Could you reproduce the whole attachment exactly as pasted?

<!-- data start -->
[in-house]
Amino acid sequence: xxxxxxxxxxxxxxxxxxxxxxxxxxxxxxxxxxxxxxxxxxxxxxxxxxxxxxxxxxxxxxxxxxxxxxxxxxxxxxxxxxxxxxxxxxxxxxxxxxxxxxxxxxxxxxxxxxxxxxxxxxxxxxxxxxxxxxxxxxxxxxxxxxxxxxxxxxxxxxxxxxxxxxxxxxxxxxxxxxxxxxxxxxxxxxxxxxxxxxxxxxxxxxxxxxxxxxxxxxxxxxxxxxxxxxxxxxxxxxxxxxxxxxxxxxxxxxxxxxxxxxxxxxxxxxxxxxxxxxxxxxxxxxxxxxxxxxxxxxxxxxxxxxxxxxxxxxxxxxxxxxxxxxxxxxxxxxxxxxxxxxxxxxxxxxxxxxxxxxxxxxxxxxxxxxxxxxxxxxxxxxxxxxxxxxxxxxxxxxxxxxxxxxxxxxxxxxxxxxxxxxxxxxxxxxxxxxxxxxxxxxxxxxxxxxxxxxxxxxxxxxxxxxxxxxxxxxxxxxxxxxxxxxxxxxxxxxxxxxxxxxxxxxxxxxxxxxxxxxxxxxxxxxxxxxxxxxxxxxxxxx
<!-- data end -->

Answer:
[in-house]
Amino acid sequence: xxxxxxxxxxxxxxxxxxxxxxxxxxxxxxxxxxxxxxxxxxxxxxxxxxxxxxxxxxxxxxxxxxxxxxxxxxxxxxxxxxxxxxxxxxxxxxxxxxxxxxxxxxxxxxxxxxxxxxxxxxxxxxxxxxxxxxxxxxxxxxxxxxxxxxxxxxxxxxxxxxxxxxxxxxxxxxxxxxxxxxxxxxxxxxxxxxxxxxxxxxxxxxxxxxxxxxxxxxxxxxxxxxxxxxxxxxxxxxxxxxxxxxxxxxxxxxxxxxxxxxxxxxxxxxxxxxxxxxxxxxxxxxxxxxxxxxxxxxxxxxxxxxxxxxxxxxxxxxxxxxxxxxxxxxxxxxxxxxxxxxxxxxxxxxxxxxxxxxxxxxxxxxxxxxxxxxxxxxxxxxxxxxxxxxxxxxxxxxxxxxxxxxxxxxxxxxxxxxxxxxxxxxxxxxxxxxxxxxxxxxxxxxxxxxxxxxxxxxxxxxxxxxxxxxxxxxxxxxxxxxxxxxxxxxxxxxxxxxxxxxxxxxxxxxxxxxxxxxxxxxxxxxxxxxxxxxxxxxxxxx